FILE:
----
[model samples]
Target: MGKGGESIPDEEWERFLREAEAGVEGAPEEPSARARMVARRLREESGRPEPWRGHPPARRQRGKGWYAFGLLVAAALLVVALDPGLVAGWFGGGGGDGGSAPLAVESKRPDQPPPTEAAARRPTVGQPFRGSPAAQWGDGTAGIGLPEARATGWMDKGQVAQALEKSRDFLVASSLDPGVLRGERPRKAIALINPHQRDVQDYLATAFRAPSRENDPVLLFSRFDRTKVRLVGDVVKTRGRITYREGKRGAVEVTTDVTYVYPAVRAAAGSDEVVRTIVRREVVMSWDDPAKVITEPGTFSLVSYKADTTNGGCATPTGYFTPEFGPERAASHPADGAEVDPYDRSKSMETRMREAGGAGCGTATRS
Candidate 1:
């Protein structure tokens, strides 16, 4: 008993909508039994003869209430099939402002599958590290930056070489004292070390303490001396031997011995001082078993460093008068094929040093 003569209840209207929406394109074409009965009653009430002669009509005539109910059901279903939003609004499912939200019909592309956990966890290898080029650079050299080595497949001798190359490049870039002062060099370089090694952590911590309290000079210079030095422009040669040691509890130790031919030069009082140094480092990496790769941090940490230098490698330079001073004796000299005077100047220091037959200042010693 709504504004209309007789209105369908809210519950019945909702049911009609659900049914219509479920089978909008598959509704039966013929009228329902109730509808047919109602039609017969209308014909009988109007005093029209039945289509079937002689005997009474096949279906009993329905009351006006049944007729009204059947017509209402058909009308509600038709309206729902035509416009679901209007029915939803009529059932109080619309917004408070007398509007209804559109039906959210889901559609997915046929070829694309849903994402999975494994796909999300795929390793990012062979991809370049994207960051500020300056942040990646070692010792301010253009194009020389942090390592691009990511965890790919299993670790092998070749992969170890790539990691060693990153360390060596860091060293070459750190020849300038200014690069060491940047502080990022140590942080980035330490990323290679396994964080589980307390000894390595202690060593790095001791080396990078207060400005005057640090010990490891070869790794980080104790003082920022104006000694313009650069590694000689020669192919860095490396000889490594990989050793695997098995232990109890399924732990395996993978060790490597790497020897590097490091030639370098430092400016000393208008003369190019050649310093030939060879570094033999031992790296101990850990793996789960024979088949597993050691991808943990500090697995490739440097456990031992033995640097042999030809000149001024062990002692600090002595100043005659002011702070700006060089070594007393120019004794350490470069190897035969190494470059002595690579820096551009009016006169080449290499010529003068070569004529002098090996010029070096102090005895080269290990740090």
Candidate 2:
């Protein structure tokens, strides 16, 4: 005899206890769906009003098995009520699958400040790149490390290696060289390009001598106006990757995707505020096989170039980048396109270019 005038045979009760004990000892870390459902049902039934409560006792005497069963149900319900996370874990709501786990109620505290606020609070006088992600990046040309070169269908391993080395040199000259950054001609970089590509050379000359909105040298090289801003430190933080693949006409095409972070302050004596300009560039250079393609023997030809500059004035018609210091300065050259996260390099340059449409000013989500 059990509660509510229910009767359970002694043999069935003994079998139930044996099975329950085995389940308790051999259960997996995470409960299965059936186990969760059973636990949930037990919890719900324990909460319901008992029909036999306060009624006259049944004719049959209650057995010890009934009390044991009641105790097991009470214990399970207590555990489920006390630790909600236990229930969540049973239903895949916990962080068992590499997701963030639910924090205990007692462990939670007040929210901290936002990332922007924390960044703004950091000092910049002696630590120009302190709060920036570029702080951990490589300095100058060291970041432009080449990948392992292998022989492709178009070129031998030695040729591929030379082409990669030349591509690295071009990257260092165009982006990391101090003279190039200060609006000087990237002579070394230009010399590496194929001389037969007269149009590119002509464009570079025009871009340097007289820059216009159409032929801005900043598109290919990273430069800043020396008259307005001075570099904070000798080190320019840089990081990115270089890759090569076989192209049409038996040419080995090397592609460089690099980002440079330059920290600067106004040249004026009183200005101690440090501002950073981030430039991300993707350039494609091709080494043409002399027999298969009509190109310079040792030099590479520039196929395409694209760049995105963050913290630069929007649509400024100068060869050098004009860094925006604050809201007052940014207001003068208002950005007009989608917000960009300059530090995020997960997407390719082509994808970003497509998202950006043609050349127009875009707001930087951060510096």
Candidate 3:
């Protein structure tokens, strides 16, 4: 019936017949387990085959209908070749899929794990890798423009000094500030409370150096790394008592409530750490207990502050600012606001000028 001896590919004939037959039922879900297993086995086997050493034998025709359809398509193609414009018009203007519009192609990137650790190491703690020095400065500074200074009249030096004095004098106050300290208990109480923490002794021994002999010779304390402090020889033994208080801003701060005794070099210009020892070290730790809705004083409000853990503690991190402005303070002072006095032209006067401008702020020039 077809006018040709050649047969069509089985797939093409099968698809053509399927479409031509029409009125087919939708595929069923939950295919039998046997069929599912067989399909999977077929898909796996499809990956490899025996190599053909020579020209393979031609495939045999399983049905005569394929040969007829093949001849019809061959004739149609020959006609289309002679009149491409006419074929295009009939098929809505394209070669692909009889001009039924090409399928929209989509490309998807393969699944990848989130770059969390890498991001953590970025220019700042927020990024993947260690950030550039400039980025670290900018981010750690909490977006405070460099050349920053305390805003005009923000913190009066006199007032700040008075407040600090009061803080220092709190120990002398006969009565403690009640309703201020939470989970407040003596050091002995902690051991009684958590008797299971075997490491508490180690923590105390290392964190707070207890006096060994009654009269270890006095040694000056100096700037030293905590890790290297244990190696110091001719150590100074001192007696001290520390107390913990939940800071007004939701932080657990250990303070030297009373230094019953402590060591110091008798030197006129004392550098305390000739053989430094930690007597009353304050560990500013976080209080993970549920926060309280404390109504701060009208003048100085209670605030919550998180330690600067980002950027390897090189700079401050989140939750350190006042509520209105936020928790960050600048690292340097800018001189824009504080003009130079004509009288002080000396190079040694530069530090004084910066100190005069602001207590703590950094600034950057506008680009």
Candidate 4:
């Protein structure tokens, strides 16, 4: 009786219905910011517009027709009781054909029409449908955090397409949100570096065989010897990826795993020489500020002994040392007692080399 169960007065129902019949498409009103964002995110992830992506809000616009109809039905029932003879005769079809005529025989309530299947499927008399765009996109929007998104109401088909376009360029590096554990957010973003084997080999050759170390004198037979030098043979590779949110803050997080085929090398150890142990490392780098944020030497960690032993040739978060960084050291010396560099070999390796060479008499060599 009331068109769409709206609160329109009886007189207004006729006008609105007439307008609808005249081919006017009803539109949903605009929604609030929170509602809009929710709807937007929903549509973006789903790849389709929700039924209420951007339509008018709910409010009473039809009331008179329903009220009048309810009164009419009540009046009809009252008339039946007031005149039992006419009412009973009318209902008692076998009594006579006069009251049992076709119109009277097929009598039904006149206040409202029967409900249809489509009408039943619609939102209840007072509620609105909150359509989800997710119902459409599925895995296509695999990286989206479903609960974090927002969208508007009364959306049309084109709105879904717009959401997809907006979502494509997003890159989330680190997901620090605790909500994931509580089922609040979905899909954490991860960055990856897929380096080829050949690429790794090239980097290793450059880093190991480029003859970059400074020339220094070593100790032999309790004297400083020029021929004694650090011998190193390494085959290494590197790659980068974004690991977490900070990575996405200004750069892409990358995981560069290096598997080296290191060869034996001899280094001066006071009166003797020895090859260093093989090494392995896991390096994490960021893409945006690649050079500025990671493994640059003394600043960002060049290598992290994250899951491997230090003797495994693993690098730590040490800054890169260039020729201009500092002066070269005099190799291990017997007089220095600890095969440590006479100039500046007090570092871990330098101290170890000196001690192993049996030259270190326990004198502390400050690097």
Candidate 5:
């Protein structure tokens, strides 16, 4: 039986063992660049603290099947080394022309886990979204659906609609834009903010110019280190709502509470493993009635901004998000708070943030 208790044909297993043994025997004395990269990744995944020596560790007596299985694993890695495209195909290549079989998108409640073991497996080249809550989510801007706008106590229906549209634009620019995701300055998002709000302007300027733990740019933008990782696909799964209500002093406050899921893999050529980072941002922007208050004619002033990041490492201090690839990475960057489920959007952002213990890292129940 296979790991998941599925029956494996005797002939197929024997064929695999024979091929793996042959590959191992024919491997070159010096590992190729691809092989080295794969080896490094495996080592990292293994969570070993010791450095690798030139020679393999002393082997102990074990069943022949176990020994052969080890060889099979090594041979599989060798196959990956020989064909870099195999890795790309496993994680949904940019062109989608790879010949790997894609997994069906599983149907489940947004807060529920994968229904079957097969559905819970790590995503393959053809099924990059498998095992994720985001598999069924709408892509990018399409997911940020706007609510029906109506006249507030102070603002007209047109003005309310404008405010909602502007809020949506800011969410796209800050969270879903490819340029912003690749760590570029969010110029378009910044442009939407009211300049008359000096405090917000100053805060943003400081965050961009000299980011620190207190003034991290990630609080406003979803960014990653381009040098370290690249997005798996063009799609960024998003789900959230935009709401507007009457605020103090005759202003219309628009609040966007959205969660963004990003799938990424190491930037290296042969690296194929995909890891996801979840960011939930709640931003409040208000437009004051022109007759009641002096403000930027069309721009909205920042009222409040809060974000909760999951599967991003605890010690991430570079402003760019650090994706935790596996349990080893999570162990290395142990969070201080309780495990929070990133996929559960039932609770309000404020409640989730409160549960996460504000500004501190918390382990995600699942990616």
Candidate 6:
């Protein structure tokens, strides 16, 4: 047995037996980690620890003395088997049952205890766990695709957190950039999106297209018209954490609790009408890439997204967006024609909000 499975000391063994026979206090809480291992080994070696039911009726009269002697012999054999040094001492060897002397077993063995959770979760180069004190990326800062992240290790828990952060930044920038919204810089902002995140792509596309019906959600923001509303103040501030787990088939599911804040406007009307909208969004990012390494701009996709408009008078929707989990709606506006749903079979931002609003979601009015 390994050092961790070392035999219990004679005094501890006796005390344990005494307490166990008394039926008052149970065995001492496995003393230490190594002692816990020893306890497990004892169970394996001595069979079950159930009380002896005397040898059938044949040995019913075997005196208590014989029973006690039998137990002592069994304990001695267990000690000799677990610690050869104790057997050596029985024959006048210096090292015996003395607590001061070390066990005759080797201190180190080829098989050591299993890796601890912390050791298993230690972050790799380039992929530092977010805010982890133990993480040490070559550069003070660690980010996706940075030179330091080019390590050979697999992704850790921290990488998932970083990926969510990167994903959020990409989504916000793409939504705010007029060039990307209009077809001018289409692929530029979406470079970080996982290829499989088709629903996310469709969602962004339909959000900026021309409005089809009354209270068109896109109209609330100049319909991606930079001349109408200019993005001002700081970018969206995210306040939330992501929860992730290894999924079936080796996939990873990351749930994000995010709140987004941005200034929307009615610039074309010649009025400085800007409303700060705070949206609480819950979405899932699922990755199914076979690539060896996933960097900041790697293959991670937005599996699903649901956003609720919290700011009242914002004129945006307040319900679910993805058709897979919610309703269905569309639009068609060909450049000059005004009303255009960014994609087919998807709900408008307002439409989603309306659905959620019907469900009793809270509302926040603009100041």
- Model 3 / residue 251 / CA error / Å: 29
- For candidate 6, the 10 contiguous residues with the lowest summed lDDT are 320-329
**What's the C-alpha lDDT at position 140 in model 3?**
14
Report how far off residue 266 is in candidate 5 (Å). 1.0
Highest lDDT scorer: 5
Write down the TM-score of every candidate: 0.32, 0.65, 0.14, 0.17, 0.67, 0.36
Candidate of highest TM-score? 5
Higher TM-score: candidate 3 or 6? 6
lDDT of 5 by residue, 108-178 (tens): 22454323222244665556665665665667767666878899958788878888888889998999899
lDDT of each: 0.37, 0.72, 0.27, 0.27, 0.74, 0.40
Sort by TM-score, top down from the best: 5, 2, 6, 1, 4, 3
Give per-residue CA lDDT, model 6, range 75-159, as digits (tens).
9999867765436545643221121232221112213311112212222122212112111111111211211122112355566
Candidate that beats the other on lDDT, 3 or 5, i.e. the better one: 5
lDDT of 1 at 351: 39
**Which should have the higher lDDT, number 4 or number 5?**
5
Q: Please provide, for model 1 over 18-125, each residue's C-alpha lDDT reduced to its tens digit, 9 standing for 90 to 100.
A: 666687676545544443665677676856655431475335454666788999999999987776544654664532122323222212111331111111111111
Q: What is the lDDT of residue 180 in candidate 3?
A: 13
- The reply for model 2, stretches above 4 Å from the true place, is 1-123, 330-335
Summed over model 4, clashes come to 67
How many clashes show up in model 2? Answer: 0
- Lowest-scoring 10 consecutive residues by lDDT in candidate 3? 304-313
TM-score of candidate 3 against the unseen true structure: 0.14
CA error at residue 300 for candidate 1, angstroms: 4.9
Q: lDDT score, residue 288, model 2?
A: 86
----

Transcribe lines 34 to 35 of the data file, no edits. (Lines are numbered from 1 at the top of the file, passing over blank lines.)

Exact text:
A: 666687676545544443665677676856655431475335454666788999999999987776544654664532122323222212111331111111111111
Q: What is the lDDT of residue 180 in candidate 3?